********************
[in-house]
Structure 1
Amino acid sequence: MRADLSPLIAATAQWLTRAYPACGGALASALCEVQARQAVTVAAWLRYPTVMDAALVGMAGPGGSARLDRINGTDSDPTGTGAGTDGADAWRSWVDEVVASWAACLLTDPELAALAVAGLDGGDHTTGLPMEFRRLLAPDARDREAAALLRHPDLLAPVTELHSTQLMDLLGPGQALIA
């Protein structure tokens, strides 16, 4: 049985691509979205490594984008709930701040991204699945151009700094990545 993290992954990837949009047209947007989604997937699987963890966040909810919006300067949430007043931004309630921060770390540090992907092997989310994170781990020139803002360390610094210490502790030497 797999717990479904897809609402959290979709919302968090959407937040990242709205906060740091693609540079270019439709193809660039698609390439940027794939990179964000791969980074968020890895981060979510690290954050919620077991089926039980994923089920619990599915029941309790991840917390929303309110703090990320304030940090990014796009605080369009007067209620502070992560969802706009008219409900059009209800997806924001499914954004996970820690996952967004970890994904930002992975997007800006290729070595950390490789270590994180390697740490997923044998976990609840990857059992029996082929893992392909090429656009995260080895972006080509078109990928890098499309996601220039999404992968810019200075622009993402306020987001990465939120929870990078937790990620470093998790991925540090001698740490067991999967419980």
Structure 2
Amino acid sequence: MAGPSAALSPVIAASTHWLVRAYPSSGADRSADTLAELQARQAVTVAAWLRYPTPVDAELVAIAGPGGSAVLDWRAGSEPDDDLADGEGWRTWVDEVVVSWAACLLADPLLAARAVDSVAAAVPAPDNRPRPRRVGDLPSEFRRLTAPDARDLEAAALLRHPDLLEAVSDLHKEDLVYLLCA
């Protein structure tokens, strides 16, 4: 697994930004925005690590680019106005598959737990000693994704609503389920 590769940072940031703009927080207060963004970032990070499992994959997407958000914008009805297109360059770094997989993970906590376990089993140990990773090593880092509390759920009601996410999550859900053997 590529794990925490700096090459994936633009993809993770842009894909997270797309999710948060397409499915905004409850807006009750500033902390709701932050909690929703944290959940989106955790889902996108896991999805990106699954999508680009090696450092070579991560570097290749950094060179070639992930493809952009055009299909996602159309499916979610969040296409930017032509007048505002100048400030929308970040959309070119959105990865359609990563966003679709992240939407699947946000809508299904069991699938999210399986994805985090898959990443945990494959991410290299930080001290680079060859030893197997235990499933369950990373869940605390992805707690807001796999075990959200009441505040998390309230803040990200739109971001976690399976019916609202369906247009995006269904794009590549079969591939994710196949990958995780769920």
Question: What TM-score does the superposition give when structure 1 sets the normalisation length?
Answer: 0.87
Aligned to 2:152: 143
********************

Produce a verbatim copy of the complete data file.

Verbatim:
[in-house]
Structure 1
Amino acid sequence: MRADLSPLIAATAQWLTRAYPACGGALASALCEVQARQAVTVAAWLRYPTVMDAALVGMAGPGGSARLDRINGTDSDPTGTGAGTDGADAWRSWVDEVVASWAACLLTDPELAALAVAGLDGGDHTTGLPMEFRRLLAPDARDREAAALLRHPDLLAPVTELHSTQLMDLLGPGQALIA
């Protein structure tokens, strides 16, 4: 049985691509979205490594984008709930701040991204699945151009700094990545 993290992954990837949009047209947007989604997937699987963890966040909810919006300067949430007043931004309630921060770390540090992907092997989310994170781990020139803002360390610094210490502790030497 797999717990479904897809609402959290979709919302968090959407937040990242709205906060740091693609540079270019439709193809660039698609390439940027794939990179964000791969980074968020890895981060979510690290954050919620077991089926039980994923089920619990599915029941309790991840917390929303309110703090990320304030940090990014796009605080369009007067209620502070992560969802706009008219409900059009209800997806924001499914954004996970820690996952967004970890994904930002992975997007800006290729070595950390490789270590994180390697740490997923044998976990609840990857059992029996082929893992392909090429656009995260080895972006080509078109990928890098499309996601220039999404992968810019200075622009993402306020987001990465939120929870990078937790990620470093998790991925540090001698740490067991999967419980």
Structure 2
Amino acid sequence: MAGPSAALSPVIAASTHWLVRAYPSSGADRSADTLAELQARQAVTVAAWLRYPTPVDAELVAIAGPGGSAVLDWRAGSEPDDDLADGEGWRTWVDEVVVSWAACLLADPLLAARAVDSVAAAVPAPDNRPRPRRVGDLPSEFRRLTAPDARDLEAAALLRHPDLLEAVSDLHKEDLVYLLCA
């Protein structure tokens, strides 16, 4: 697994930004925005690590680019106005598959737990000693994704609503389920 590769940072940031703009927080207060963004970032990070499992994959997407958000914008009805297109360059770094997989993970906590376990089993140990990773090593880092509390759920009601996410999550859900053997 590529794990925490700096090459994936633009993809993770842009894909997270797309999710948060397409499915905004409850807006009750500033902390709701932050909690929703944290959940989106955790889902996108896991999805990106699954999508680009090696450092070579991560570097290749950094060179070639992930493809952009055009299909996602159309499916979610969040296409930017032509007048505002100048400030929308970040959309070119959105990865359609990563966003679709992240939407699947946000809508299904069991699938999210399986994805985090898959990443945990494959991410290299930080001290680079060859030893197997235990499933369950990373869940605390992805707690807001796999075990959200009441505040998390309230803040990200739109971001976690399976019916609202369906247009995006269904794009590549079969591939994710196949990958995780769920």
Question: What TM-score does the superposition give when structure 1 sets the normalisation length?
Answer: 0.87
Aligned to 2:152: 143